Restless legs syndrome

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What is it

Restless legs syndrome (RLS), a physical malady that affects as many as 12 million Americans, is an unusual sensation in the leg muscles that creates an irresistible urge to move the legs for relief The feeling has been described as a fidgeting, pulling, or itching sensation or, more graphically, as worms crawling in the muscles. Symptoms may last for an hour or more, generally starting at night or during rest. Typically symptoms start within 5 to 30 minutes after lying down, just prior to the onset of sleep.

People of all ages can experience RLS, although the problem occurs most often in older people, especially women. RLS often runs in families, and it worsens in times of stress. Since RLS can wake people from a sound sleep or prevent them from getting to sleep in the first place, it often results in insomnia.


  • Irresistible urge to move the legs or other affected body parts.
  • Unpleasant crawling sensation inside the calf muscles while lying down. Similar sensations may also be felt in the thighs, feet, and arms.
  • Involuntary jerking movements of the legs during sleep.

What causes it

The exact cause of restless legs syndrome is unknown. Some research suggests that the symptoms are related to lower-than-normal levels of the neurotransmitter dopamine in the brain. Pregnancy is linked with higher incidences of RLS (it generally clears up after delivery), as is iron-deficiency anemia, rheumatoid arthritis diabetes mellitus, lung disease, and kidney disease. Emotional stress, and the regular use of tobacco or caffeine, may trigger or aggravate symptoms.

What if you do nothing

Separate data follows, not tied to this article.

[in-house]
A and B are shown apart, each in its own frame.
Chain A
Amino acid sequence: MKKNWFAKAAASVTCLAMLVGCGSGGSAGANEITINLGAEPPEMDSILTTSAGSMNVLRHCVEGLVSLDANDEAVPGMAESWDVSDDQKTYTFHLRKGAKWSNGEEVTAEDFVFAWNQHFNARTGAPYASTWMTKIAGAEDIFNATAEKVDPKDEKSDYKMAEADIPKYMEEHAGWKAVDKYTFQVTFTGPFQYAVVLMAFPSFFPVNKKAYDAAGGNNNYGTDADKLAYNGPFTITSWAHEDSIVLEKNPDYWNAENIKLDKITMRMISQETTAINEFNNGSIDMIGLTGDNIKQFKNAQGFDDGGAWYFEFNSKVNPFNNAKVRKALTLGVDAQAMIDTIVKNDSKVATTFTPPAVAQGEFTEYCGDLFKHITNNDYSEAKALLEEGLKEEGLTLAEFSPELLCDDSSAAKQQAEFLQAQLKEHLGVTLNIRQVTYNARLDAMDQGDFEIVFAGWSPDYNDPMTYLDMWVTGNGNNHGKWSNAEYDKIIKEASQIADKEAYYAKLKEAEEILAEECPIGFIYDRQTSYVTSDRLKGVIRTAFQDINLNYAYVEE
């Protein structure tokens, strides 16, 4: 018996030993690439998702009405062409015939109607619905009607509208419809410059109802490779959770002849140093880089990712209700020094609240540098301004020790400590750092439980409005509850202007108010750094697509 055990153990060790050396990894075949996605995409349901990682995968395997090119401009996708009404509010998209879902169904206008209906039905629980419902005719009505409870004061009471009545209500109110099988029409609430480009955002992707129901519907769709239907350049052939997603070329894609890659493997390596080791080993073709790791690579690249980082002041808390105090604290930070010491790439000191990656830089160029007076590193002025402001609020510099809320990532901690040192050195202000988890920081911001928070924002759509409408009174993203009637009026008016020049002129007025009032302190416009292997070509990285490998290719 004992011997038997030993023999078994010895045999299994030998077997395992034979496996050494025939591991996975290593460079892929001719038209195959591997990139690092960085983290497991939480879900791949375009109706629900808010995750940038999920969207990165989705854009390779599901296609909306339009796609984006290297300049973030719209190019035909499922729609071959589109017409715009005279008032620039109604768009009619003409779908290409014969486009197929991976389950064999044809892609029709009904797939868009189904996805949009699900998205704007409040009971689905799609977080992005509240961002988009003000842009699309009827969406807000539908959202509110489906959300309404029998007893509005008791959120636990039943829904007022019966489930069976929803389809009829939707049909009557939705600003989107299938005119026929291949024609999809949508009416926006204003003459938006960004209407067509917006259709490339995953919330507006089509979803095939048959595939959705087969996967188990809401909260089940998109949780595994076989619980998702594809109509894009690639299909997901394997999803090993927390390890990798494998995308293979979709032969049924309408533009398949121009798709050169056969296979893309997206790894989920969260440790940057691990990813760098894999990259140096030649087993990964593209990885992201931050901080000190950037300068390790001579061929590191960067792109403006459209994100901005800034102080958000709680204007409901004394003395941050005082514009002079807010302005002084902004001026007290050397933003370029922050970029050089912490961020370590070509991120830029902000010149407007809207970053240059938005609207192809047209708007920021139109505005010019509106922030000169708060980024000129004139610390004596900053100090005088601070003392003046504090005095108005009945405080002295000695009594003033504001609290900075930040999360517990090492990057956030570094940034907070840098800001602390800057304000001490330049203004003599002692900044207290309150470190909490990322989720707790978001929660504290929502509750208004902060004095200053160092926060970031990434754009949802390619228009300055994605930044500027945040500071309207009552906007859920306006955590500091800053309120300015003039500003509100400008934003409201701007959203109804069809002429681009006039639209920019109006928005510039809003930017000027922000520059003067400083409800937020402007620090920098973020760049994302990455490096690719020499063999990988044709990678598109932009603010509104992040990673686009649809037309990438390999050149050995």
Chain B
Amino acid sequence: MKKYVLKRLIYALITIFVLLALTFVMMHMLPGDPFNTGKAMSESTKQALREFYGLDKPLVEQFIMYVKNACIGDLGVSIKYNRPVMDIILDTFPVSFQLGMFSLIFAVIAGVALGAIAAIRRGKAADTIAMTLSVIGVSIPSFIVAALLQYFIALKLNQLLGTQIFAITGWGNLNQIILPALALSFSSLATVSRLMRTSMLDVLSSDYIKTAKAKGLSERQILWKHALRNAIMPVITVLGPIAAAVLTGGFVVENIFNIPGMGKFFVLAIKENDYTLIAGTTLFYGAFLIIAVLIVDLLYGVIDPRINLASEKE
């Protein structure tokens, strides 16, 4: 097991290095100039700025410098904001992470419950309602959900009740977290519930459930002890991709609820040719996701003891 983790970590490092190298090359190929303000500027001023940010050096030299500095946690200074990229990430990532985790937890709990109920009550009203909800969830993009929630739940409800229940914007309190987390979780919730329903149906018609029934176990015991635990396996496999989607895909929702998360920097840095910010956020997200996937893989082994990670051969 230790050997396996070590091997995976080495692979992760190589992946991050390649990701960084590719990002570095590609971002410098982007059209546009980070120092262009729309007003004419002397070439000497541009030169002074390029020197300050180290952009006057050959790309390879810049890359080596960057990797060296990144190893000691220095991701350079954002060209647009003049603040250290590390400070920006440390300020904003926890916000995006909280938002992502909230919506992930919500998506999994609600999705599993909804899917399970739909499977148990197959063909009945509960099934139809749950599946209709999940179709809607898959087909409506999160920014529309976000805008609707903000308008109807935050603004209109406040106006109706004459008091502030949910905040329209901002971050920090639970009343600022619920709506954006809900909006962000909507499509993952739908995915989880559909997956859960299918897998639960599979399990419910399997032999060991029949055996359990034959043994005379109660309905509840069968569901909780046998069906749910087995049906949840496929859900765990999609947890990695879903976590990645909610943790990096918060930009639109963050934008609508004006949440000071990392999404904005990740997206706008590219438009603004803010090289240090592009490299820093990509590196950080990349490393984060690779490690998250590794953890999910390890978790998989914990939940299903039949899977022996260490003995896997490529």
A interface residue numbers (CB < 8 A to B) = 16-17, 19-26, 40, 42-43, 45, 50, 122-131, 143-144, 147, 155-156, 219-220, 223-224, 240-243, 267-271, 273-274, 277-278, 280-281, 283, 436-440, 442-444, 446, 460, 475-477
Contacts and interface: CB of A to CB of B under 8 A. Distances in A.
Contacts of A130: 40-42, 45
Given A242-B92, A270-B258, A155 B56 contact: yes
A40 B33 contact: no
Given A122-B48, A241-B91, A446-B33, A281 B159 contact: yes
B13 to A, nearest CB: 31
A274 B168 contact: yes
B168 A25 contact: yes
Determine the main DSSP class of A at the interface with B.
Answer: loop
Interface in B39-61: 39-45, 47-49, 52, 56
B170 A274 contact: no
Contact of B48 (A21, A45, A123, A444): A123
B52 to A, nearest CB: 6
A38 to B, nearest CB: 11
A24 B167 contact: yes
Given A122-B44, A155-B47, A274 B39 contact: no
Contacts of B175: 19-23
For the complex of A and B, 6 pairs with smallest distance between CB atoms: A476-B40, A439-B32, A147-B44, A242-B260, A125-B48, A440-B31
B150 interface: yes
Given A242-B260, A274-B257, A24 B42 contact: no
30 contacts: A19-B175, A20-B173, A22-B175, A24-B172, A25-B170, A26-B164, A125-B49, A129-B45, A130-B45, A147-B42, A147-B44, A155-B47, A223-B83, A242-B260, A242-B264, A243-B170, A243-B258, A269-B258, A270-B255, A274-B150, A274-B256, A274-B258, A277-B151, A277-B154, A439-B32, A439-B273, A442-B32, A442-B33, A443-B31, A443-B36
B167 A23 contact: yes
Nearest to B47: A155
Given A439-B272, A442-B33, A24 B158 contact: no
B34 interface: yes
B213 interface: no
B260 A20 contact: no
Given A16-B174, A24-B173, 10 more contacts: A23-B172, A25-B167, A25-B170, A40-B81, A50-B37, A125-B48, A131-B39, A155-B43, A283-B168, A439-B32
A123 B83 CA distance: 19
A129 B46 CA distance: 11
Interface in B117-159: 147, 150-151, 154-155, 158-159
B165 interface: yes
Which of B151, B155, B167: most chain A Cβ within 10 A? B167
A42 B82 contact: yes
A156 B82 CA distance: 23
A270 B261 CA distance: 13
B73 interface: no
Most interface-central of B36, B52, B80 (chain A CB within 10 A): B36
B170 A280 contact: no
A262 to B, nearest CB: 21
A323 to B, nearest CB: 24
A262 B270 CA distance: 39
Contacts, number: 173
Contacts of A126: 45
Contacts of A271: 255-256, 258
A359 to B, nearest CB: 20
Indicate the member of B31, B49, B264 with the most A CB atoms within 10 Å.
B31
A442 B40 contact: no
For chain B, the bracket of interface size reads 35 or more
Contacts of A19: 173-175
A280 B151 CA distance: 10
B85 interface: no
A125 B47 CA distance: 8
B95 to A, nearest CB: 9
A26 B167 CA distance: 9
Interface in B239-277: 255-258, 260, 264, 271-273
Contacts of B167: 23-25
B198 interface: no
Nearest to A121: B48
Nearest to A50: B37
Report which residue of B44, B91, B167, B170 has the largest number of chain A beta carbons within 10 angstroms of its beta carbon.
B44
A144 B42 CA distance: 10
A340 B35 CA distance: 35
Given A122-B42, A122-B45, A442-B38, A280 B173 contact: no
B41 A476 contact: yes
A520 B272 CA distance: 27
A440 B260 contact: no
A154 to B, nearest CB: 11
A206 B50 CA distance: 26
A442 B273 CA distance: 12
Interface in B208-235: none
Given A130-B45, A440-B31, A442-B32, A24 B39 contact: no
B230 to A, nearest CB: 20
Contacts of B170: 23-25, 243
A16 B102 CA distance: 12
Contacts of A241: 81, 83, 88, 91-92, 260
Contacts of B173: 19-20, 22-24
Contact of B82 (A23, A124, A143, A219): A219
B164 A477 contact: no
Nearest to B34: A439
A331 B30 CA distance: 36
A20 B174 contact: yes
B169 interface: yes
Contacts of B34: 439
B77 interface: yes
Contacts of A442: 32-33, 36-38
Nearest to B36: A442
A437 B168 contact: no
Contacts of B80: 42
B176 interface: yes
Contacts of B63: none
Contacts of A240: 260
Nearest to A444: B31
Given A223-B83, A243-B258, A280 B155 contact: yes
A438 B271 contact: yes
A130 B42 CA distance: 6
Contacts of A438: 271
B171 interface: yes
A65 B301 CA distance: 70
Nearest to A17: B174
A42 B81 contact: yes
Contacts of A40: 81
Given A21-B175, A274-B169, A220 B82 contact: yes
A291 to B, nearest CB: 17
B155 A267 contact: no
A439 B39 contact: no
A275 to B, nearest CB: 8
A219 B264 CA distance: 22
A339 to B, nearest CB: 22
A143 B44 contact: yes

RLS is extremely unpleasant and if left untreated can bring on an exhausting chronic insomnia. Simple changes in lifestyle may be enough to bring some relief from a condition that can last for years.

Home remedies

Exercise your legs before bedtime

Walk around for 10 to 15 minutes prior to going to bed. This will stretch the leg muscles and can help promote restful sleep. Massaging your leg muscles before bedtime may also help relieve symptoms.

Start walking

If RLS strikes while you’re in bed, get up and walk around.

Wear long, heavy socks

Keeping your feet and legs warm in bed may help relax your muscles.

Try the cold approach

Some people may find relief by first soaking their feet in cold water. A cold compress applied to the shins and calf muscles, or leaving the legs uncovered in bed, may also help.

Reduce emotional stress

Stress management techniques or psychological counseling may help relieve anxiety that triggers restless legs.


Nicotine and large amounts of caffeine may trigger RLS in some people. Consequently, avoid products containing caffeine, and if you smoke, stop.

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